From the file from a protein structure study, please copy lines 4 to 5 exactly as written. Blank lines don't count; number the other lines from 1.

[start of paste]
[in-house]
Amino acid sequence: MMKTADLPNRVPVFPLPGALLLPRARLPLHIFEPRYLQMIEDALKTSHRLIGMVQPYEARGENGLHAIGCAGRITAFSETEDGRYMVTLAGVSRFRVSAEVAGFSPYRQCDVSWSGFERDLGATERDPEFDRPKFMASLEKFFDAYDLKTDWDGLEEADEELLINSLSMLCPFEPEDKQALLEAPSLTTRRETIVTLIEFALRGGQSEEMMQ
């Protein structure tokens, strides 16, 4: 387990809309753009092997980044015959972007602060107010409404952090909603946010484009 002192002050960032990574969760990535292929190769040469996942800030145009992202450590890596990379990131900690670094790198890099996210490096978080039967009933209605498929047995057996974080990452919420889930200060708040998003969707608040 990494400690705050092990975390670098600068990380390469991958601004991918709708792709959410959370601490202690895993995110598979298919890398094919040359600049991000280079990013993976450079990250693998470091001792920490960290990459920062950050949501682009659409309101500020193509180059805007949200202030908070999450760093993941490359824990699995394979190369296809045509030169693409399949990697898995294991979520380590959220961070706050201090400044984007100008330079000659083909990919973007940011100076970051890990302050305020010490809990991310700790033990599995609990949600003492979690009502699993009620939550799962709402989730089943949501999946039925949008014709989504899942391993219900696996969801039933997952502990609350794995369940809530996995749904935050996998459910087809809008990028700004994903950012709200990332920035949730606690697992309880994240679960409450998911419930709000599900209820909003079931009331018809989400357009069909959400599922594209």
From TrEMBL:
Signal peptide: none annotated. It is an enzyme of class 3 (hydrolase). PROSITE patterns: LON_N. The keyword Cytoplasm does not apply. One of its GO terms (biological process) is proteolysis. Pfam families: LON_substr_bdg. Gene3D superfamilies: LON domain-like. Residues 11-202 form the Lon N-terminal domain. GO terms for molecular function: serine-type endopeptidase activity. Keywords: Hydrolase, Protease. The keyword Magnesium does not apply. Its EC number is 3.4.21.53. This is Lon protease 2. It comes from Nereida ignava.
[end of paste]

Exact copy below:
From TrEMBL:
Signal peptide: none annotated. It is an enzyme of class 3 (hydrolase). PROSITE patterns: LON_N. The keyword Cytoplasm does not apply. One of its GO terms (biological process) is proteolysis. Pfam families: LON_substr_bdg. Gene3D superfamilies: LON domain-like. Residues 11-202 form the Lon N-terminal domain. GO terms for molecular function: serine-type endopeptidase activity. Keywords: Hydrolase, Protease. The keyword Magnesium does not apply. Its EC number is 3.4.21.53. This is Lon protease 2. It comes from Nereida ignava.